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Contract PP prices are poised to rise again this month.

3 Min Read
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Strong demand continued to support a very active resin trading pace the week of March 4, reports the PlasticsExchange in its Market Update.

The flow of off-grade polyethylene (PE) and polypropylene (PP) railcars was relatively light, but resellers offered some of their forecasted prime cars into the PlasticsExchange’s marketplace. Asking prices lifted higher, but transactional levels were mostly steady, and Prime PE and PP grades stayed flat across the board at the resin clearinghouse.

Facing yet another monthly PP cost-push price increase, buyers rushed to the spot market to scoop up well-priced resin. PE dealings came on strong toward the end of the week, said the PlasticsExchange, when several railcars and truckloads changed hands. Interest remained strong on exports, but some push back on prices developed as they tick higher in Houston.

PE producers eye price increases of at least $0.03/lb

PE producers are seeking to implement at least $0.03/lb of increases that did not take hold in February. Meanwhile, PP producers are looking to expand their production margins by raising March contracts $0.02 to 0.03/lb beyond the pending increase in polymer-grade propylene (PGP) monomer costs, according to the PlasticsExchange.

PE trading activity had another strong showing, with a good mix of railcar and truckload transactions. In a rare instance, more off-grade resin changed hands than Prime at the PlasticsExchange. Linear-low-density (LLD) PE film was the biggest mover for the second week in a row, again followed by high-density (HD) PE for blow molding and injection. Low-density (LD) PE mostly was an afterthought.

Off-grade PE prices stay firm

Suppliers raised railcar asking prices by around $0.03/lb over late-February levels, as producers positioned for a second attempt at their mostly $0.03/lb increase which did not confirm last month. While off-grade prices stayed firm as producers exported much of their surplus material, the PlasticsExchange said that it held its prime PE prices flat after they steadily advanced $0.05 to 0.07/lb since the beginning of the year. Buoyed export levels have lifted the general floor price of PE the past few months. While it is often fairly wide, the PlasticsExchange said it is finding only a very small delta between packaged Houston resin and the normally more expensive domestic bulk railcars. Reseller inventories for most commodity grades have thinned out, as they have been selling off their warehoused materials into the rally and cautious with their re-stocking. While most of the main commodities are still accessible in moderate volumes, certain resins are particularly tight, including LLDPE for both injection and rotomolding as well as LDPE for injection.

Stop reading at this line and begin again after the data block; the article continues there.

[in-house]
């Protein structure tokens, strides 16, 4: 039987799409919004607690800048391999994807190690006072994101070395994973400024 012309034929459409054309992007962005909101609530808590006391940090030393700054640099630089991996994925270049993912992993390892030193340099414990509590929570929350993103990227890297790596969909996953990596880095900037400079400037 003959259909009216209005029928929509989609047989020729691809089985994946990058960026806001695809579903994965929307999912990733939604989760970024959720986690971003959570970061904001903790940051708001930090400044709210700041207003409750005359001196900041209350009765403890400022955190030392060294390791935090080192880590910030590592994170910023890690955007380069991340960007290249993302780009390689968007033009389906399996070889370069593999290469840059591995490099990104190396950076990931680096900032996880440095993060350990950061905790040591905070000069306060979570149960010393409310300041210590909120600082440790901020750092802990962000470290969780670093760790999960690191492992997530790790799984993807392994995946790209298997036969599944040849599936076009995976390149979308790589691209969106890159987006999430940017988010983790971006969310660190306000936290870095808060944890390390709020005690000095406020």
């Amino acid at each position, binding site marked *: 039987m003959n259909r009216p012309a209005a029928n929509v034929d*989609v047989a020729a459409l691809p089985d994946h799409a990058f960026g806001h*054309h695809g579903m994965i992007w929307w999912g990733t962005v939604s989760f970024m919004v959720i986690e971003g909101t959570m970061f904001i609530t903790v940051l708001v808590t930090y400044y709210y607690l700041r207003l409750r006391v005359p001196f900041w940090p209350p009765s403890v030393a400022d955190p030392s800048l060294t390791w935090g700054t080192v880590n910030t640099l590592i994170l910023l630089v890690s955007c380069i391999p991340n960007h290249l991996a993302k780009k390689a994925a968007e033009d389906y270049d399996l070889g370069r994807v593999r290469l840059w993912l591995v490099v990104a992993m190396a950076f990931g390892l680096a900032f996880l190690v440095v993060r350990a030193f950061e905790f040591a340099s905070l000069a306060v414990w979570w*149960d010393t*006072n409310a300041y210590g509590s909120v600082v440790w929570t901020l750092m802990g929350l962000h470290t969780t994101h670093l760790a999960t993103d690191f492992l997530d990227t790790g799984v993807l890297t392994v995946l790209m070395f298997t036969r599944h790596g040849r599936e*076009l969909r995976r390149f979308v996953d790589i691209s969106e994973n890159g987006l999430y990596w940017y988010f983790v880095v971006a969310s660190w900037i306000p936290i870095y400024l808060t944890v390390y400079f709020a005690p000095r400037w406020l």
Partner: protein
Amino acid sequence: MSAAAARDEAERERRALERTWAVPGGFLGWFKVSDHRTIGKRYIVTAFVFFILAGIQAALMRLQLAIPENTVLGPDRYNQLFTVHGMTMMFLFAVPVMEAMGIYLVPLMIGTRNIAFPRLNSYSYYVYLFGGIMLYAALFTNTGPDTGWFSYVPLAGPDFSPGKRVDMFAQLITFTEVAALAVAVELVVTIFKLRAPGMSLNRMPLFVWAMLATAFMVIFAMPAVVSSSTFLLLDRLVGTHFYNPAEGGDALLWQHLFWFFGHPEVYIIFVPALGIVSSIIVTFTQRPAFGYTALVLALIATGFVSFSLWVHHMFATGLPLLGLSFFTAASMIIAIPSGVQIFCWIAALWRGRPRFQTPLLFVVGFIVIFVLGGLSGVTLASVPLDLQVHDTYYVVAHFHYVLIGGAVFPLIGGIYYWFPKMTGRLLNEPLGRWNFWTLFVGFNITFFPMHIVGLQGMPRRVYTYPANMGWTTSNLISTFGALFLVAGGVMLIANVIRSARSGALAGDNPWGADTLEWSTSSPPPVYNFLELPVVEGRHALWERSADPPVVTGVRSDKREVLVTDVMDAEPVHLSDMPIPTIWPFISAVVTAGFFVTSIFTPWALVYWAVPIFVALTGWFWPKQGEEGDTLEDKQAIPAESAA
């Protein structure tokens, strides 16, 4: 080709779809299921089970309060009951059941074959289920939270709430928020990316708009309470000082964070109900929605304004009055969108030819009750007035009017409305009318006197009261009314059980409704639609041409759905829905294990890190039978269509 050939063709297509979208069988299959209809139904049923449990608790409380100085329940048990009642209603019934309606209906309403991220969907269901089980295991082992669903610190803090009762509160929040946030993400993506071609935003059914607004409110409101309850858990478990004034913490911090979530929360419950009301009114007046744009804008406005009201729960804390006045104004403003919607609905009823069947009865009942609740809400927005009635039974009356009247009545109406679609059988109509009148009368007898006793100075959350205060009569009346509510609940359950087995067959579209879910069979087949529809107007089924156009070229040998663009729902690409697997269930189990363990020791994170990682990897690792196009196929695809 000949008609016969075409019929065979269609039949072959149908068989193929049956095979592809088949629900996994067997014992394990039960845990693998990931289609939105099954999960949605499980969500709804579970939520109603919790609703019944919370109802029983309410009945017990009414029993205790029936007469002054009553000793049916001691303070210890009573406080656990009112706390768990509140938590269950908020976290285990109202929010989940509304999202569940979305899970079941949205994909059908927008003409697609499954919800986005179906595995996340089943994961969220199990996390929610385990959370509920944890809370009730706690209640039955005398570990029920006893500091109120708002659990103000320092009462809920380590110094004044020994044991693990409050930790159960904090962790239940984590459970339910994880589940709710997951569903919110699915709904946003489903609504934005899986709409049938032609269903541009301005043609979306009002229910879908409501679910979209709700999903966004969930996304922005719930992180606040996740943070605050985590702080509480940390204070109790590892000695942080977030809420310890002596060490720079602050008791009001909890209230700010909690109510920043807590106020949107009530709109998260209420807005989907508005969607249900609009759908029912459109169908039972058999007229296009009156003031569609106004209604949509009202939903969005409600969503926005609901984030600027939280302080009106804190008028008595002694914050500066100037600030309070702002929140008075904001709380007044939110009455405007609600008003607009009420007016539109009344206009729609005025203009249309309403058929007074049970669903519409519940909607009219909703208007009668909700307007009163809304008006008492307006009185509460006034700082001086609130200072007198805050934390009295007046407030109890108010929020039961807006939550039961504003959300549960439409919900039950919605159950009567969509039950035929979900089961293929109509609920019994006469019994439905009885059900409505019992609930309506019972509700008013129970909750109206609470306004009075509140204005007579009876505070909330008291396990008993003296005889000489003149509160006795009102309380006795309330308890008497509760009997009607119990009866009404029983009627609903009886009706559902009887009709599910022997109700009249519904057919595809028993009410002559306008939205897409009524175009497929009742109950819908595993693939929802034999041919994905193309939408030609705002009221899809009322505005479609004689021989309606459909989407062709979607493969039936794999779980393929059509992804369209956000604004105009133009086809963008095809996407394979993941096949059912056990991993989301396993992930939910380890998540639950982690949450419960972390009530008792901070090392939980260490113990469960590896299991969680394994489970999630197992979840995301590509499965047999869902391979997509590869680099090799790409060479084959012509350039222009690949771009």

Another force majeure

PP trading had a solid week. Homo-polymer slightly outsold copolymer PP. Similar to PE, off-grade sales exceeded prime as buyers hunted for better opportunities than contract levels, which are poised to rise again in March. Invista declared a force majeure on its PP resins, bringing the total active force majeure delcarations — including Braskem and Ineos — to three.

Despite spot PGP monomer prices easing $0.015/lb this past week, PP prices at the PlasticsExchange ended the week flat amid tightening supplies. Much of the older and cheaper warehoused reseller resin has long been picked over, making attractively priced material very hard to find. If producers maintain their discipline of dramatically reduced reactor rates, they will have a good shot at advancing the small margin-enhancing increase they are seeking, according to the PlasticsExchange. However, with PGP prices jumping again in early March and another imminent cost-push increase already at hand, additional hikes could really hamper contract demand this month.

Read the full Market Update on the PlasticsExchange website.

About the Author(s)

Edited by Norbert Sparrow

Editor in chief of PlasticsToday since 2015, Norbert Sparrow has more than 30 years of editorial experience in business-to-business media. He studied journalism at the Centre Universitaire d'Etudes du Journalisme in Strasbourg, France, where he earned a master's degree.

www.linkedin.com/in/norbertsparrow

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